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English Loanword Phonology in Korean

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Authors
Lee, Hyoeun
Issue Date
2001-03
Publisher
서울대학교 언어교육원
Citation
어학연구, Vol.37 No.1, pp. 177-200
Abstract
The purpose of this paper is to provide a fonnal account for the
realization of English loan words in Korean. Our main concerns are the
realization of laryngeal features of English obstruents in Korean, which can
be summarized as follows. First, English aspirated onset obstruents are
realized identically in Korean, e.g. /k"i/ -> [khi] 'key'. Second, voiceless
unaspirated stops after /s/ in English are also realized as aspirated in
Korean, e.g. /strcs/ ---> [sithircsiJ 'stress'. Third, English word-final
unreleased stops become aspirated or unreleased ones in Korean, e.g. /rop/
-> [rophi] 'rope', /bUk/ -> [pUk'] 'book'. Fourth, English voiced obstruents in
a word-initial position are consistently realized as voiceless unaspirated
ones, e.g. / gcep/ -> [kcp'] 'gap'. Finally, English voiced obstruents in a
word-final position become either voiceless or voiced ones in Korean, e.g.
/khlAb/ -> [khillap'] 'club', /bed! -> [PEdi] 'bed'.
Most previous researches on Korean loanword phonology (H. Kang 1996,
O. Kang 1996) simply state that the Korean phoneme inventory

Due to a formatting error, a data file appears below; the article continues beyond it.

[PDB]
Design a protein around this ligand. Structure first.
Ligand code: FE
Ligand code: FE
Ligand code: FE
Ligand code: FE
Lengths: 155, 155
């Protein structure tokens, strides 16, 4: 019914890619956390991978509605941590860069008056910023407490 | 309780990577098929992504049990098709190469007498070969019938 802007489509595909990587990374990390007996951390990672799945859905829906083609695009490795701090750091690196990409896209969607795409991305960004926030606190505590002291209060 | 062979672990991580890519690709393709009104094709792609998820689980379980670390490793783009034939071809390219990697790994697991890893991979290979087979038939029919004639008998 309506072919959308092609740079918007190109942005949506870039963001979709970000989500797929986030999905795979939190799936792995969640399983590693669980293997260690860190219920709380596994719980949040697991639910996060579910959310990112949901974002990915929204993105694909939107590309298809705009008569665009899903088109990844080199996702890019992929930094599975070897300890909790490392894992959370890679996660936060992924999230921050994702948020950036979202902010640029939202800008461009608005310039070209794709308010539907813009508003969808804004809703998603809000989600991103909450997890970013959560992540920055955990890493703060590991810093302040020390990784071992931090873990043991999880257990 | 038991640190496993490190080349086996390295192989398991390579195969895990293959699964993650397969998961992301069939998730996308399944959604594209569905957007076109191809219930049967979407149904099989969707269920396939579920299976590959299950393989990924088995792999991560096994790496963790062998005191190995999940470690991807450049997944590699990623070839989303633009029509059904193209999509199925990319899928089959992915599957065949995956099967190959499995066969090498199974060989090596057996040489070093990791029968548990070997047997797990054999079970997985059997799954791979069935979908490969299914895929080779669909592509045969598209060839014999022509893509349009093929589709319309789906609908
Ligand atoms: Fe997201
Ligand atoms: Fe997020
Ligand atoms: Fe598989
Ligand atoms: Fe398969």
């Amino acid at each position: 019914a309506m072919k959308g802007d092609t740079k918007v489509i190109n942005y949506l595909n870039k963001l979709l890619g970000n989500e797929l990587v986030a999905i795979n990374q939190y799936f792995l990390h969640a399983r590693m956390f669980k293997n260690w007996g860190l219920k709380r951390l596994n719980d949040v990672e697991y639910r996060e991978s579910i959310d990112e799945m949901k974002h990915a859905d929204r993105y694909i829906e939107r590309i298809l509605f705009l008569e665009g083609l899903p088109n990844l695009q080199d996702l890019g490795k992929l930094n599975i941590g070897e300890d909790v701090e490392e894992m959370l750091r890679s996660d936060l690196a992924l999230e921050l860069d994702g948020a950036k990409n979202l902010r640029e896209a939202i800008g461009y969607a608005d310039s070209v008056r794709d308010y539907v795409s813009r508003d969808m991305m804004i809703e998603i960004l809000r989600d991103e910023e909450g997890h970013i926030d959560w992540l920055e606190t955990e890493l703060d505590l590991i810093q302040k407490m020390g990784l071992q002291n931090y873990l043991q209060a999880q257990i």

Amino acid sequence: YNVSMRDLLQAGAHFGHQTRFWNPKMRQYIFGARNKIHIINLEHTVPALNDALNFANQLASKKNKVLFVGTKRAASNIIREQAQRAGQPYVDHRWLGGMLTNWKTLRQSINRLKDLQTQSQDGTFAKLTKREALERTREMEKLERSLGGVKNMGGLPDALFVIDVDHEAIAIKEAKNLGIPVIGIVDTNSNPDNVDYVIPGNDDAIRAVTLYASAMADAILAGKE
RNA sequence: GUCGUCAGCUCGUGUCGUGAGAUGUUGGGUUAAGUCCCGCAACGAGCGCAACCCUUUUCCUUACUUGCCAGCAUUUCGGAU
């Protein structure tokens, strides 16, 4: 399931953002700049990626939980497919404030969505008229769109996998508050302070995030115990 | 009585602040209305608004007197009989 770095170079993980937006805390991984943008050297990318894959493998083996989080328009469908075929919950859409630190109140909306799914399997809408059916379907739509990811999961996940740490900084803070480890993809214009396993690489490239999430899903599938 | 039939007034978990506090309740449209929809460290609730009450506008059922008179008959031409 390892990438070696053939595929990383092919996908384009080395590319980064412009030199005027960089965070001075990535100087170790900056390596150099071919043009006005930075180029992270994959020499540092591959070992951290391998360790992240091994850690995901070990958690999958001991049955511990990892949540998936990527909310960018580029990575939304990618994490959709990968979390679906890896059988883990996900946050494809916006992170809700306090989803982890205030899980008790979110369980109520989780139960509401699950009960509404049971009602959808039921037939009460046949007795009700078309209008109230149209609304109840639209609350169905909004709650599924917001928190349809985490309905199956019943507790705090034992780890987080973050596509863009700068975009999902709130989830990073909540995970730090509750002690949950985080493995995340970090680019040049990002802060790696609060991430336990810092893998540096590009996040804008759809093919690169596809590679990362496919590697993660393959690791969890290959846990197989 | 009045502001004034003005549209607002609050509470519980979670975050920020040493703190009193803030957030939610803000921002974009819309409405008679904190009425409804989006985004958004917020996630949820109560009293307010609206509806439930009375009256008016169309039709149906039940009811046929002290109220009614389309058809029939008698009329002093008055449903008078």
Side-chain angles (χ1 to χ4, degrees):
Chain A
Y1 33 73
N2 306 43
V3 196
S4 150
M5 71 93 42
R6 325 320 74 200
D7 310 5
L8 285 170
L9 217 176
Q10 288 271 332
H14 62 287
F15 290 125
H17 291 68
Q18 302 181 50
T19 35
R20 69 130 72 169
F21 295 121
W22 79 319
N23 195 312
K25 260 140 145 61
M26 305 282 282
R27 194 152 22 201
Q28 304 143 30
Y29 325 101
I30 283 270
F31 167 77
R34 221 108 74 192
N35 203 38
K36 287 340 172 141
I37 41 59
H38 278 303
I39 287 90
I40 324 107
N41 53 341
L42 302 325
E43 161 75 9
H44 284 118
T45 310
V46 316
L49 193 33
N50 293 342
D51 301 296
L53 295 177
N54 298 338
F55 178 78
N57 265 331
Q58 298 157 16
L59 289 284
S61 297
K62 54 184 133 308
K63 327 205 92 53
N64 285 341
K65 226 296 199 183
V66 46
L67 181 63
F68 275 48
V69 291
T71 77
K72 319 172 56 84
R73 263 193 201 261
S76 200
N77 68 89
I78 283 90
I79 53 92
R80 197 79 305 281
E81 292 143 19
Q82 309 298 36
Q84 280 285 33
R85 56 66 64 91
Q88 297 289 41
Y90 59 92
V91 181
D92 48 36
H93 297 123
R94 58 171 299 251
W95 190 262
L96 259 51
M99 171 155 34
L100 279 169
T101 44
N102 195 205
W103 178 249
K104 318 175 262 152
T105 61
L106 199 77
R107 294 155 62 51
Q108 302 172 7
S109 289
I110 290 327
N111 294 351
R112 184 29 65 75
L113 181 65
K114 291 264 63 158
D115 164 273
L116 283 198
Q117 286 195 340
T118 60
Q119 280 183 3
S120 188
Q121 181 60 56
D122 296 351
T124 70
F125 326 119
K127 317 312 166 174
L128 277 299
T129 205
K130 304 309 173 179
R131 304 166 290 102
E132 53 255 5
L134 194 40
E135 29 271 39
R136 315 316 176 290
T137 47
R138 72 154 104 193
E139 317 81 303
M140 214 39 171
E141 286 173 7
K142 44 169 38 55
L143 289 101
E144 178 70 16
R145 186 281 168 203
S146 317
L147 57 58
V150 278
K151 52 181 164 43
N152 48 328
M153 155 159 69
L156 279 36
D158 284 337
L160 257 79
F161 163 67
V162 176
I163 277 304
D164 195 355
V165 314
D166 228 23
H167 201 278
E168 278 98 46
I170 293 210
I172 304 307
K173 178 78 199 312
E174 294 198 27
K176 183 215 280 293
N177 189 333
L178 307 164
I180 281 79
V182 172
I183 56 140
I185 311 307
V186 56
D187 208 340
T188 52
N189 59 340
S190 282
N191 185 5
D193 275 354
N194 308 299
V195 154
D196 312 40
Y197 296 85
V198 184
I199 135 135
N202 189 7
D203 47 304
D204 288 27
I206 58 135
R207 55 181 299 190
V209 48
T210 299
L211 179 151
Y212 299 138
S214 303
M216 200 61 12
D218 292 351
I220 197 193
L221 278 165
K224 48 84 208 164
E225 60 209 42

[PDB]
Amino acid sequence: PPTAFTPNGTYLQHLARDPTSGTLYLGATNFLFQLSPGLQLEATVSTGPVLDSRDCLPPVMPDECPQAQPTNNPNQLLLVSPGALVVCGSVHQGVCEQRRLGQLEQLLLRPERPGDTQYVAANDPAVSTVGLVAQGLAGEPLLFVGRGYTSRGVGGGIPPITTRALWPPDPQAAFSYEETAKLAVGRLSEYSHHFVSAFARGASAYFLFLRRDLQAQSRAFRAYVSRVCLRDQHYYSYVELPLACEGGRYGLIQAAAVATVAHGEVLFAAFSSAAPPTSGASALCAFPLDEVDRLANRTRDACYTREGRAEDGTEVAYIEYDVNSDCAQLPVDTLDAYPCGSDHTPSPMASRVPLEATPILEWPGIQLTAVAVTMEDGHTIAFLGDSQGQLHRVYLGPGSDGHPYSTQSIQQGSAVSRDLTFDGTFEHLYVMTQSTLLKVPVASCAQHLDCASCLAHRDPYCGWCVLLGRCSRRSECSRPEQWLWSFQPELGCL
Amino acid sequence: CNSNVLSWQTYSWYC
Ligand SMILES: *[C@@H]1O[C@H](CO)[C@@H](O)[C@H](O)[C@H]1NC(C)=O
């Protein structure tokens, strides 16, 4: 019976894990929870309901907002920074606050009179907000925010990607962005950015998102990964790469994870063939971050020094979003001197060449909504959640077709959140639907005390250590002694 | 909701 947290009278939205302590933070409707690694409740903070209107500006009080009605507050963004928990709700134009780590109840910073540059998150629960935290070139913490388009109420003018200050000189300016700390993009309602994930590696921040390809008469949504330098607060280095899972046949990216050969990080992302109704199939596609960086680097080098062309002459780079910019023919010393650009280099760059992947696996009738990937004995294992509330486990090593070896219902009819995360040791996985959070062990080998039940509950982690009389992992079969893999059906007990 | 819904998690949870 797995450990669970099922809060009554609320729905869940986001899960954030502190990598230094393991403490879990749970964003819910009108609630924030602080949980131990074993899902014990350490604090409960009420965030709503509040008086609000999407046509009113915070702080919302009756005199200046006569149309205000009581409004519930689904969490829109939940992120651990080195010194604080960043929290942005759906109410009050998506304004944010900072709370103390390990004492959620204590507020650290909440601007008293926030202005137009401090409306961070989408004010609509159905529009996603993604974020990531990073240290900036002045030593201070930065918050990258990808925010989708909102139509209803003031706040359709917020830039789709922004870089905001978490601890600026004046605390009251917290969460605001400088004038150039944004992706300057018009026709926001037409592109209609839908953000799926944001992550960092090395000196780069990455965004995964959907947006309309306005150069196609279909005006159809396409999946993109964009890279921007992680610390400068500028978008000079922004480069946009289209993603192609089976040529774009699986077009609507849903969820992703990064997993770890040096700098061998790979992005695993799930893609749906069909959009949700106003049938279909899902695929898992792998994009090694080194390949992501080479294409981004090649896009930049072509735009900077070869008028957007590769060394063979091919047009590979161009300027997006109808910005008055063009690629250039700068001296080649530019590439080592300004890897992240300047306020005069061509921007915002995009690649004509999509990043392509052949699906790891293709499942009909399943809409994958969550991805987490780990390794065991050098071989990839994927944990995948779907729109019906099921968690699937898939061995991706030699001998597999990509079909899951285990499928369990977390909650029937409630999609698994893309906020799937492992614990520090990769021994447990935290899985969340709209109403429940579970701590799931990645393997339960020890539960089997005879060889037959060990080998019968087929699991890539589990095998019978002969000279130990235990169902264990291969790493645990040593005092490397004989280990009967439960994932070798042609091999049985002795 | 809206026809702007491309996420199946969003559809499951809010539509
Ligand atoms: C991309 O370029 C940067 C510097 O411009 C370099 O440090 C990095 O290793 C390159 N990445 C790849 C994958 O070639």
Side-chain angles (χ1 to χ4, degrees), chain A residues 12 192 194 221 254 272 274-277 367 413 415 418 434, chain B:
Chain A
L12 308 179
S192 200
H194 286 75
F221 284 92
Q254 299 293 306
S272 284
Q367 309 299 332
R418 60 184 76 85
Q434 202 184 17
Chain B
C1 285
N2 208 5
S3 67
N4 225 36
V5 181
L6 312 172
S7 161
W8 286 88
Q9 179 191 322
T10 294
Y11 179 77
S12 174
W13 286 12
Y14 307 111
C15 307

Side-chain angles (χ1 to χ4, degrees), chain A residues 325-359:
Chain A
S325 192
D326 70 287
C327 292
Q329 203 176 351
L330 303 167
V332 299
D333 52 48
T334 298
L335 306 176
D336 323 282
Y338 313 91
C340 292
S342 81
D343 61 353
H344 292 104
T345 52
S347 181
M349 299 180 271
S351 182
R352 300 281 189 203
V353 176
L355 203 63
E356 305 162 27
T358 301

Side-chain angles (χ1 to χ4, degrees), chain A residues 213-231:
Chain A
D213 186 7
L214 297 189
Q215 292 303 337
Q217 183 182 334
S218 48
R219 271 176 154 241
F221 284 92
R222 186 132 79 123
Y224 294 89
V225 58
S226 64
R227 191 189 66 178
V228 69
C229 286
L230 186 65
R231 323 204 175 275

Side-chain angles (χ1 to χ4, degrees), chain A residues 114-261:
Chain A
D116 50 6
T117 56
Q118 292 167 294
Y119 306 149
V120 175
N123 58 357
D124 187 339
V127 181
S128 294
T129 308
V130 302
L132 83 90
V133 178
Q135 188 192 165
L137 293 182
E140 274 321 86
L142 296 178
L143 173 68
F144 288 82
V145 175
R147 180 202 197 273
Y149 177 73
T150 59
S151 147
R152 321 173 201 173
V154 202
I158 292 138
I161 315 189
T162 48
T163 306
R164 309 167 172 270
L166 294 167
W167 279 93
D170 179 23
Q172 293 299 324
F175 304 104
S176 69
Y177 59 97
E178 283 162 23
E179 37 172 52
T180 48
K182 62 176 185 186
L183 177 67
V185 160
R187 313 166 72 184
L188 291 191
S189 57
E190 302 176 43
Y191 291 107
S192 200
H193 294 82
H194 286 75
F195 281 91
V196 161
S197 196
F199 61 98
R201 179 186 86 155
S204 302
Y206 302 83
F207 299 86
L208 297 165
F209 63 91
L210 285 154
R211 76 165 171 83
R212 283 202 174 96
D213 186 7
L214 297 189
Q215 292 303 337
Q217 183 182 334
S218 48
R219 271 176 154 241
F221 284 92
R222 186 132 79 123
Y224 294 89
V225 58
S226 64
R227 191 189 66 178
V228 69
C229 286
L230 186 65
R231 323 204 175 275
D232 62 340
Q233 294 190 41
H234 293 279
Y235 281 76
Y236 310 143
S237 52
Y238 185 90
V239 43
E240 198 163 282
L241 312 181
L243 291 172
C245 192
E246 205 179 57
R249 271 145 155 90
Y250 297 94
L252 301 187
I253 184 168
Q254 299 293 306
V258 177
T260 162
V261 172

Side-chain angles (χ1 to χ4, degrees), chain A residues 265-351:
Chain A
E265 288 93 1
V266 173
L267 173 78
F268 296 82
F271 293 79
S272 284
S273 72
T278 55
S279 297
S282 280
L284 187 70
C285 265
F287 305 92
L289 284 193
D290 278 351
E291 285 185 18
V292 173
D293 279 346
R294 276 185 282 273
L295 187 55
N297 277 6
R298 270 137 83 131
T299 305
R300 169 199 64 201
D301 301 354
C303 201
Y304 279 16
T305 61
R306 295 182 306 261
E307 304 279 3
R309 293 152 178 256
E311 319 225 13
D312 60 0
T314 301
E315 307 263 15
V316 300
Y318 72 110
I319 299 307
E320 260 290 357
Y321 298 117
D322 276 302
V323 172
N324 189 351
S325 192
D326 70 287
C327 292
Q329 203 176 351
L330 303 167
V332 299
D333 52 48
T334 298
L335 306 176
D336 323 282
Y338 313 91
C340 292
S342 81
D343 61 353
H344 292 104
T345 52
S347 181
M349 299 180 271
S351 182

automatically constrains these featural changes at the Perceptual Level, e.g.
English voiceless unaspirated / p/ is matched with voiceless aspirated [ph] in
Korean at the Perceptual Level. Only the vowel insertion is determined in
the Operative Level in which an Optimality Theoretic grammar is effective.
Thus, an intermediate level, i.e. Perceptual Level, is posited.
The present study proposes a perception-based analysis of English
loanwords in Korean within the framework of OptimaIity-Theory. The
realization of laryngeal features of English obstruents in Korean is captured
by the interaction of the markedness constraints prohibiting elements which
require articulatory effort and faithfulness constraints requiring to preserve
the input fonns. Specifically, faithfulness constraints such as MAX[ +long
VOT] play a crucial role in capturing simijarities in release prominence of
English and Korean stops and minimizing the differences between the
phonetic output of English and its corresponding loanword form in Korean.
We have shown that there are no intennediate levels between the input and its output in our analyses of English loan words.
ISSN
0254-4474
Language
English
URI
http://hdl.handle.net/10371/86144
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Appears in Collections:
Language Education Institute (언어교육원)Language Research (어학연구)Language Research (어학연구) Volume 37 Number 1/4 (2001)
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